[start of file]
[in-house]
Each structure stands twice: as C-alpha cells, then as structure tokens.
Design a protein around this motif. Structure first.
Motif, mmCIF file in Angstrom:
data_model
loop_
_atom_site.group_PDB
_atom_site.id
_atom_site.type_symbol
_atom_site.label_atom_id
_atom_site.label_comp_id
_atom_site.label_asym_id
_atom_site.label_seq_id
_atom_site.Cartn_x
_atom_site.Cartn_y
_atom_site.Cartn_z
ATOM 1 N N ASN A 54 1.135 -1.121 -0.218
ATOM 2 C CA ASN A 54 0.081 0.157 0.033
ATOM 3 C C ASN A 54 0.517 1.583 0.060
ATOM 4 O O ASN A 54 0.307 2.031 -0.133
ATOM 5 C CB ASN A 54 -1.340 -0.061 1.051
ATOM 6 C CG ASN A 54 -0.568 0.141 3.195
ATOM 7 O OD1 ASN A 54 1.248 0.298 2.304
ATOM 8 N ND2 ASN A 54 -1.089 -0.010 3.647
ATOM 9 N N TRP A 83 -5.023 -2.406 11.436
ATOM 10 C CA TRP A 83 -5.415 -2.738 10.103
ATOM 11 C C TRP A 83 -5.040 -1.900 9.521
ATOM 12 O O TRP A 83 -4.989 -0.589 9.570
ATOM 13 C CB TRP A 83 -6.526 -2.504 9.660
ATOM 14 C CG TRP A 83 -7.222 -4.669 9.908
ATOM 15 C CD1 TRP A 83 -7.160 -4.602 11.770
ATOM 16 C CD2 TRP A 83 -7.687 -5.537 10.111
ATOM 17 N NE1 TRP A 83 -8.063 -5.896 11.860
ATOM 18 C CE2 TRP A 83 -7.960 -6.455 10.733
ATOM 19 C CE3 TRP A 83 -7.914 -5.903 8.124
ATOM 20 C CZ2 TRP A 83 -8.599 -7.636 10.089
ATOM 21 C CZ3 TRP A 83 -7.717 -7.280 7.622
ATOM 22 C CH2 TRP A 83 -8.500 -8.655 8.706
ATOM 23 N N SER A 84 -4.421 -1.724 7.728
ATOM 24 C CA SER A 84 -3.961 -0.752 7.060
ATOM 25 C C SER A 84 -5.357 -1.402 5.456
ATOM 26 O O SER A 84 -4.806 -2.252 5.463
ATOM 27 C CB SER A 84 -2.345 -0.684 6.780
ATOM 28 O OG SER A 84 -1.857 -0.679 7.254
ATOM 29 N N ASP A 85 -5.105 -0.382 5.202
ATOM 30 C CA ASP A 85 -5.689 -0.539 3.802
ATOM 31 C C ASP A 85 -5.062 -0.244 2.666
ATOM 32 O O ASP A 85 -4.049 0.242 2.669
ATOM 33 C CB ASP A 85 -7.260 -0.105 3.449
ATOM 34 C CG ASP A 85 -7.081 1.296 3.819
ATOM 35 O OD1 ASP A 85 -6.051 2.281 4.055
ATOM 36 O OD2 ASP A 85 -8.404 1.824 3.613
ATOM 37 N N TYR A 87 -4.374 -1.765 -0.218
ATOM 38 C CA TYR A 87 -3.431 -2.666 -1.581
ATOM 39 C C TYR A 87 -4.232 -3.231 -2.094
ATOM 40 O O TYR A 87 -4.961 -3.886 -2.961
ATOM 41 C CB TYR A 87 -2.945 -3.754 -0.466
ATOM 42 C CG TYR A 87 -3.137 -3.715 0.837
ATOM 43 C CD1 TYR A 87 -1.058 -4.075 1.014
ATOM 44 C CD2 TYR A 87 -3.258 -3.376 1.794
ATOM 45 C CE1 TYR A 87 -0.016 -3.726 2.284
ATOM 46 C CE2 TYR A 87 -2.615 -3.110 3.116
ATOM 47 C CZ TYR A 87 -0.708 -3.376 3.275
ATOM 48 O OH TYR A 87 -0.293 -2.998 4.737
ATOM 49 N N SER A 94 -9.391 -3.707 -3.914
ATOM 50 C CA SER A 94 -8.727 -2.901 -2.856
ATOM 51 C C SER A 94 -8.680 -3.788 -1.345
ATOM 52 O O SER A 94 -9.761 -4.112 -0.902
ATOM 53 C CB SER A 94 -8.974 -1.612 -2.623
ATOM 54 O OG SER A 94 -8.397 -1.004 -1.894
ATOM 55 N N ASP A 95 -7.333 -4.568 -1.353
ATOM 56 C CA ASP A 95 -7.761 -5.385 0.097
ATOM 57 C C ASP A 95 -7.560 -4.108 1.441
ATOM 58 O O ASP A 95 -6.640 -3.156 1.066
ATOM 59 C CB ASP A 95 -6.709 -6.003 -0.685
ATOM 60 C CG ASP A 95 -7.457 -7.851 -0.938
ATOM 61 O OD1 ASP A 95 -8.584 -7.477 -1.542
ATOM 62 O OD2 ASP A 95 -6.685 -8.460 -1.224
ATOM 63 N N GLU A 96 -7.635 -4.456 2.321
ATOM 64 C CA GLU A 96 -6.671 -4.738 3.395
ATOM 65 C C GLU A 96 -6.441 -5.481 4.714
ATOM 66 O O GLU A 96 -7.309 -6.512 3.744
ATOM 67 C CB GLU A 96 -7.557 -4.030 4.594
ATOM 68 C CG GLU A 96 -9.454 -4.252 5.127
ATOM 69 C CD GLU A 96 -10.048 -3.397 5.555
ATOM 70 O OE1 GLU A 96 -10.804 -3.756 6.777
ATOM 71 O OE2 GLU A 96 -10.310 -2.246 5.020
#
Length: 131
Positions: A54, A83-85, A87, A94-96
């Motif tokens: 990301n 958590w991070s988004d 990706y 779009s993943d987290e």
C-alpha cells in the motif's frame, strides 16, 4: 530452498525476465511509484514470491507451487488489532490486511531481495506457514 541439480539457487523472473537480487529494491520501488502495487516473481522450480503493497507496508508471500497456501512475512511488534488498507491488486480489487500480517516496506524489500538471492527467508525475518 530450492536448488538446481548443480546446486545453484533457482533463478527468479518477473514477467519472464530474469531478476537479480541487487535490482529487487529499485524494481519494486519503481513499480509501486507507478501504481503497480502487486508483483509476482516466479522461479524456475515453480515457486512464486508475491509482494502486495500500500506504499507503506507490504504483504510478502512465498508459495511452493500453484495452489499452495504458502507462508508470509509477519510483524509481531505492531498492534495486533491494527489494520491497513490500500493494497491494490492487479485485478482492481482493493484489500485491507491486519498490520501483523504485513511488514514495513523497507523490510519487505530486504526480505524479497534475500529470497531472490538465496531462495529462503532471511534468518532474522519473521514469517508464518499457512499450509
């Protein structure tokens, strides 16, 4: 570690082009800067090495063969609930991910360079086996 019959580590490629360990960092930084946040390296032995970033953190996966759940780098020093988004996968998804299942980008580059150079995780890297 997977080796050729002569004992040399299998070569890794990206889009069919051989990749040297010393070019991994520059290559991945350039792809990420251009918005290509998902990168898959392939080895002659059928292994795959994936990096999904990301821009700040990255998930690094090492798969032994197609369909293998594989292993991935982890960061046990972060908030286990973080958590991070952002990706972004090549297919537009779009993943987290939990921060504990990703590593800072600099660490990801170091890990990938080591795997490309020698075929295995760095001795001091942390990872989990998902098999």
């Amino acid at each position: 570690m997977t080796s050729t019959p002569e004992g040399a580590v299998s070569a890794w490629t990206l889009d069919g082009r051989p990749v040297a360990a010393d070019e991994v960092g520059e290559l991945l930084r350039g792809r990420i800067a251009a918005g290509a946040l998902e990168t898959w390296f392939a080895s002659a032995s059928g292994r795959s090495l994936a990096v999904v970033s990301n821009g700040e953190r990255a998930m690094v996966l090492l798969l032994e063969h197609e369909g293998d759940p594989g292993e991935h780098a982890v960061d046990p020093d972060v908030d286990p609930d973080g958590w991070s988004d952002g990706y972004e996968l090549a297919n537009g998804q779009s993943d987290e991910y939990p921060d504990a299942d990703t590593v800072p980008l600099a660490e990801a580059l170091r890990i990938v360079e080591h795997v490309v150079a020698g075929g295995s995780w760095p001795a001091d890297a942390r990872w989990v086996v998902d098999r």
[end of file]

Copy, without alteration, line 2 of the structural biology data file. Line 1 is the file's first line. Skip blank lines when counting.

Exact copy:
Each structure stands twice: as C-alpha cells, then as structure tokens.